Spencer did not reveal what the City Manager did that led to the Council’s decision. However, the Council agenda described the closed-door session with the words “Significant exposure to litigation” and “City exposure to legal action.” Keimach was placed on leave with full salary and benefits.
The Island City’s elder statesman, an East Bay civic leader for decades, Anthony “Lil” Arnerich passed at his Encinal Avenue home on March 9. An Oakland native, Arnerich attended McClymonds High School. Casey Stengel, who later went on to coach the New York Yankees to greatness, signed young Lil to the Oakland Oaks in 1948. Two years later Lil began working for the Park and Recreation Department in Alameda. He stayed on the job for 36 years, “retiring” in 1986.
In 1988 Lil was appointed to the City Council. The following year he won a seat in his own right, as well as the title of Vice-Mayor. He served the city as its Vice-Mayor until 1991 and remained on the City Council until 1996. The city will remember Lil for his contributions to Alameda’s youth. To thank him for this and his other accomplishments, the city renamed the Upper Washington Park Baseball Field to Arnerich Field.
Locals Protest Gun Violence
More than 500 people showed up for a “March for Our Lives” vigil on March 24, at Park Street and Santa Clara Avenue. The crowd swelled with Alamedans showing their support for the children and expressing their wishes to see an end to gun violence in schools. The demonstrators proceeded down Park Street stretching in a line estimated at five blocks, serenaded by loud cheers and honks of passersby.
When they arrived at Big Five Sporting Goods Store at South Shore Center, the demonstrators were met peacefully by the store’s security staff who allowed them to stay on the premises to express their disapproval of assault-style weapon sales at the business.
Two students addressed the crowd about their fears of going to school and being shot. Organizers, spearheaded by Alameda’s Christ Episcopal Church, encouraged all in attendance to join the letter writing campaign to Big Five.
Tragedy on Webster Street
The City of Alameda recorded 2018’s first homicide after a 61-year-old woman died of injuries she sustained outside the Pho Anh Dao restaurant, 1919 Webster St. The Alameda County Coroner identified the victim as Cindy Le, 61, of Alameda.
According to the Alameda Police Department (APD), Le and a 28-year-old man suffered injuries during a robbery attempt about 11 p.m. on Friday, April 6. Le passed away on Tuesday, April 10.
APD Lt. Wayland Gee said that when police officers arrived on scene, they learned that there had been a robbery attempt at the restaurant and that the suspects had fled. Two men were later arrested and convicted of the murder.
Marking a sad anniversary
Business and community leaders gathered at the Rock Wall Wine Company at Alameda Point to hear Interim City Manager Liz Warmerdam deliver her State of the City address.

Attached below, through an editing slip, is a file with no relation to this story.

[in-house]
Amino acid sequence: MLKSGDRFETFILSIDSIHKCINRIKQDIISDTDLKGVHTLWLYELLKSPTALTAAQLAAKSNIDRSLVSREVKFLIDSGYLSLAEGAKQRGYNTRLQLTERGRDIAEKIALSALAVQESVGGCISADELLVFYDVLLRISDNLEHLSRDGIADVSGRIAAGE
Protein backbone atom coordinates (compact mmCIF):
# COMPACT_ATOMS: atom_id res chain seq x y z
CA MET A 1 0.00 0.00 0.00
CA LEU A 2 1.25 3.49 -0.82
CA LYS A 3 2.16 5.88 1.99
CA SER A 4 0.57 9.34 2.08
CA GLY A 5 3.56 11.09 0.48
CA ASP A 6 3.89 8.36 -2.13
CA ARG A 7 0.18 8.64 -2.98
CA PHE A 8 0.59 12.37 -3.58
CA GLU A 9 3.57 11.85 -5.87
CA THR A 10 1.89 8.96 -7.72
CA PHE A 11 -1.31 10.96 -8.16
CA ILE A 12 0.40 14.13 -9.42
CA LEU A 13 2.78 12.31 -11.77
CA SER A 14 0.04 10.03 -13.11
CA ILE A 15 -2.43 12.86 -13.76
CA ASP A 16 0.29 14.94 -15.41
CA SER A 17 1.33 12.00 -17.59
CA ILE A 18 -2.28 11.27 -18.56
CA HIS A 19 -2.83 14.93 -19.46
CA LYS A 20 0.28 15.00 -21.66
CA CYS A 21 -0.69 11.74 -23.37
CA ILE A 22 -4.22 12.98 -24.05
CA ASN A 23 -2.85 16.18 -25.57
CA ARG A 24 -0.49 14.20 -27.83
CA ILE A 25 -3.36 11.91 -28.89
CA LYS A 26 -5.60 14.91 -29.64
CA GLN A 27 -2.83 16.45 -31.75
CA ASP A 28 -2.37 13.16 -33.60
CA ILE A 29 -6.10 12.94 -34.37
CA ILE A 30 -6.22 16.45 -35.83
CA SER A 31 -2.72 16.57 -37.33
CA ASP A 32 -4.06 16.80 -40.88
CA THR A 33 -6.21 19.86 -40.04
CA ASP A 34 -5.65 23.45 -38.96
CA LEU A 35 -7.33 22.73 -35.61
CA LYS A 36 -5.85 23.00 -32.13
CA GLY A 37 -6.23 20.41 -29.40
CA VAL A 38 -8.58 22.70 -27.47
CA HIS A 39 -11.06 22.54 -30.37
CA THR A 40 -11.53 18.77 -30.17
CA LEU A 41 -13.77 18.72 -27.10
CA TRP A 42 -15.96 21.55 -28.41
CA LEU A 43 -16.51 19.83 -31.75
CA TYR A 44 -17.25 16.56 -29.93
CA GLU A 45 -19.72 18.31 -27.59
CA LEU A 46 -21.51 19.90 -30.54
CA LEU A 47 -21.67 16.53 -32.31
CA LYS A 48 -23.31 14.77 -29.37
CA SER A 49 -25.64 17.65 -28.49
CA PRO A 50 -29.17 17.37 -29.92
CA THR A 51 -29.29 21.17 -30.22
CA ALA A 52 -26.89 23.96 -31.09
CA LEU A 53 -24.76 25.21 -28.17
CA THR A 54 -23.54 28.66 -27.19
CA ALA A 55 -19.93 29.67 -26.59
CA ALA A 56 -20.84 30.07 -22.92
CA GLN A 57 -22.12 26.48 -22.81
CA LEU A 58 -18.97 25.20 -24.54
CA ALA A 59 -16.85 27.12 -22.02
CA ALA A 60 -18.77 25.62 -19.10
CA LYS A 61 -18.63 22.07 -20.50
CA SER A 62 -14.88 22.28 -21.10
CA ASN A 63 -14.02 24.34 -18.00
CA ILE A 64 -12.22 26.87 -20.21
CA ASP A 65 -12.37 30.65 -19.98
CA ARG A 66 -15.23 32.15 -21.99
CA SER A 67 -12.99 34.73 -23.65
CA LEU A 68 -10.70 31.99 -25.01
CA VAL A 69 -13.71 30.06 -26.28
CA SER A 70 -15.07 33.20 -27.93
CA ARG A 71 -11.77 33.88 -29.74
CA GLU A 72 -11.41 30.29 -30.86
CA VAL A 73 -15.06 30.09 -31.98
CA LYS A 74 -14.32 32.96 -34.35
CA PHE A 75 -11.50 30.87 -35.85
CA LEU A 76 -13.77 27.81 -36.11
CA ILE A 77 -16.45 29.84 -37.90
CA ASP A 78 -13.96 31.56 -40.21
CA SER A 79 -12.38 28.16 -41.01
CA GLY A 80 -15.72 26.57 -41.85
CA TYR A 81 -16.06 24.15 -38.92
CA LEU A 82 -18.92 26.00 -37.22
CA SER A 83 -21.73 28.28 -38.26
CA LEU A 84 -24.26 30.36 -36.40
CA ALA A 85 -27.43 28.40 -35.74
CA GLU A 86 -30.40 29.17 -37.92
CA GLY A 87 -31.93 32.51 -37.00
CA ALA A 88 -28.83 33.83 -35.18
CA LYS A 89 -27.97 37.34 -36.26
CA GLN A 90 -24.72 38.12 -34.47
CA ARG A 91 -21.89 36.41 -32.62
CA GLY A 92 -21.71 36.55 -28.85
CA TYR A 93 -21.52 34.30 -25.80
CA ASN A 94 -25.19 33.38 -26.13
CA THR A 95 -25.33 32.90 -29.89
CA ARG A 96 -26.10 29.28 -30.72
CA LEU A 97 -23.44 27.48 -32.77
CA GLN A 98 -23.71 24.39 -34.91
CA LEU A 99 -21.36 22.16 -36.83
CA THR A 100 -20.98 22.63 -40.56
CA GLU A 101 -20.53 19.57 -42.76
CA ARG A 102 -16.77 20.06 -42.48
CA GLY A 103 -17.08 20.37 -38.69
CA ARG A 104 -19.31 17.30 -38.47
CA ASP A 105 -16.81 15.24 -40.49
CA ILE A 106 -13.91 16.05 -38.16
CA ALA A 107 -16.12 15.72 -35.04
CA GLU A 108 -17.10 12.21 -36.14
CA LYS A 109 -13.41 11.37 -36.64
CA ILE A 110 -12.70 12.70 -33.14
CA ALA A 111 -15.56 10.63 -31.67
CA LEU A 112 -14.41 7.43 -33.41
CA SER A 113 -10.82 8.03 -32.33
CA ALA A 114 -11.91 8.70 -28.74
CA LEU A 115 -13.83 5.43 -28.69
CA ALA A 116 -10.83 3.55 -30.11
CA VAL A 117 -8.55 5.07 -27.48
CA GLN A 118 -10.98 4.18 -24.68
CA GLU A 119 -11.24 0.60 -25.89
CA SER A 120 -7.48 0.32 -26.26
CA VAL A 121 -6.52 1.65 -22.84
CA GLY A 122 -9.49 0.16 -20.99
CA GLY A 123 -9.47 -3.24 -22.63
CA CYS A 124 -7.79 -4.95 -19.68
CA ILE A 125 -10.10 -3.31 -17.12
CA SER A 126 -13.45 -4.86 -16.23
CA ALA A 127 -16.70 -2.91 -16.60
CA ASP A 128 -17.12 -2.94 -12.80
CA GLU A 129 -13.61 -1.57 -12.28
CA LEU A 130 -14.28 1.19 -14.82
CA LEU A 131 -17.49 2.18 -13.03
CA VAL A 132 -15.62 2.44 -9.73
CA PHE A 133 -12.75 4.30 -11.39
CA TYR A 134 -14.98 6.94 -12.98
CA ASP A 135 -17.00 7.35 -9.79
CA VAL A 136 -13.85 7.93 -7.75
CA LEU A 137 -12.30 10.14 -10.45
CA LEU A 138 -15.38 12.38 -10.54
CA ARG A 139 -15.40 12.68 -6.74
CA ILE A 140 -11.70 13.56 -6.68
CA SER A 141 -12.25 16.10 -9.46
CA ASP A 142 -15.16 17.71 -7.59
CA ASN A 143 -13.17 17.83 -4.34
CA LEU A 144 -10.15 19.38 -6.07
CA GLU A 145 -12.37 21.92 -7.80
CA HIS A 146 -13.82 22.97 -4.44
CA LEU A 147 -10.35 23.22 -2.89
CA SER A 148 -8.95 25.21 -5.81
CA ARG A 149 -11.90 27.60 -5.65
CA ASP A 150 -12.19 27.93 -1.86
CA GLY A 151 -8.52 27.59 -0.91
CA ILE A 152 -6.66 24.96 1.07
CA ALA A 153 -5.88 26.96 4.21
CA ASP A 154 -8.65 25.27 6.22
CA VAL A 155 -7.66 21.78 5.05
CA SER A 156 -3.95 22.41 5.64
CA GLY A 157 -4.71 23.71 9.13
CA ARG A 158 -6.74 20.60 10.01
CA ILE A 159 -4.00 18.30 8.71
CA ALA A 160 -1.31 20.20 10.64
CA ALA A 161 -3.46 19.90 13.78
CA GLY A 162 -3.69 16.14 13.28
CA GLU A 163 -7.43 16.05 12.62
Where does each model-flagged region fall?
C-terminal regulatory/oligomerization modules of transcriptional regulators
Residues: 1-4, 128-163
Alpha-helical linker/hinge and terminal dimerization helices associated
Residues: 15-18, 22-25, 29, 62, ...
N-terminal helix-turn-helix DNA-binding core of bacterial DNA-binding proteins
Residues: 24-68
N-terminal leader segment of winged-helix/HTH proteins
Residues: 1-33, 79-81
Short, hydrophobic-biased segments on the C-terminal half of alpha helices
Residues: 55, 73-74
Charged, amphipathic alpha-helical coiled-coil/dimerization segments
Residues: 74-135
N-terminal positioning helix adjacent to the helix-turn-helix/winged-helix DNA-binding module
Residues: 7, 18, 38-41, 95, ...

At the same time students assembled along Central Avenue at Encinal High School and began marching to the winery. They were coming to deliver a message of their own to those attending Warmerdam’s address.
When they arrived at Alameda Point the students lay prostrate outside the winery to protest gun violence at schools across the country. They were reminding the community leaders of the 20th anniversary of the April 20, 1999, Columbine High School in Colorado.
None of the students lying on the pavement were born when Eric Harris and Dylan Klebold murdered 12 students and one teacher at the school.
AUSD wins lawsuit
The Alameda Unified School District reached a stipulated agreement with Nelco, Inc., Santa Clara Investors II and Edward Hirschberg in and ongoing legal battle over how the Alameda Unified School District can levy a tax on commercial property owners. This lawsuit went to trial on Sep. 27, 2017. At stake: Did the parcel tax structure apply the tax uniformly? The plaintiffs claimed — as they had in the two previous lawsuits — that the parcel tax structure was not “uniform” because of the cap and because owners of parcels without buildings would pay no tax. In the end, the judge disagreed with the plaintiffs.
Honoring our veterans
Traditionally a month to honor veterans, May 2018 had a special meaning. On Memorial Day, Monday, May 28, the city marked the 20th anniversary of the opening of Veterans Memorial Park on Bay Farm Island. Mayor Trish Spencer opened the services and Marine Corps veteran Joe LoParo reminded those present at the ceremony of Alameda’s proud history as a military town. “We must remind ourselves that Memorial Day is not a day for a family barbecue or to celebrate a day off work. It is a time to remember and honor loved ones that have sacrificed their lives so we can enjoy our freedom every day,” LoParo said.
Marina plans approved
At its May 29 meeting the Planning Board unanimously approved the Alameda Marina master plan and the adoption of the plan’s environmental impact report; the vote was 5-0. Pacific Shops, Inc. owns the property, which consists of 27 acres of land. The City of Alameda owns the 17 acres of waterfront property, which it has leased to Pacific Shops, Inc.
Coast Guard hosts Valor Games
The U.S. Coast Guard teamed up with the Northern California Regional Paralympic Sport Program and the Far West Wheelchair Athletic Association to host the Valor Games Far West on Coast Guard Island. Veterans or active-duty service members with disabilities took part in sports adapted to the athletes’ needs. Events included a biathlon, sitting volleyball, weightlifting, archery and martial arts. This marked the Valor Games’ sixth year and the fifth year the U.S. Coast Guard hosted the event on Coast Guard Island.
Golf course opens
The city celebrated the opening of the newly renovated Jack Clark South Course at Corica Park. Mayor Trish Spencer joined Greenway Golf partner, Ken Campbell, to cut the ribbon. Golf, city and Chamber of Commerce dignitaries attended the June 22 celebration. The city will open the course for play the following day with Alameda Appreciation Day.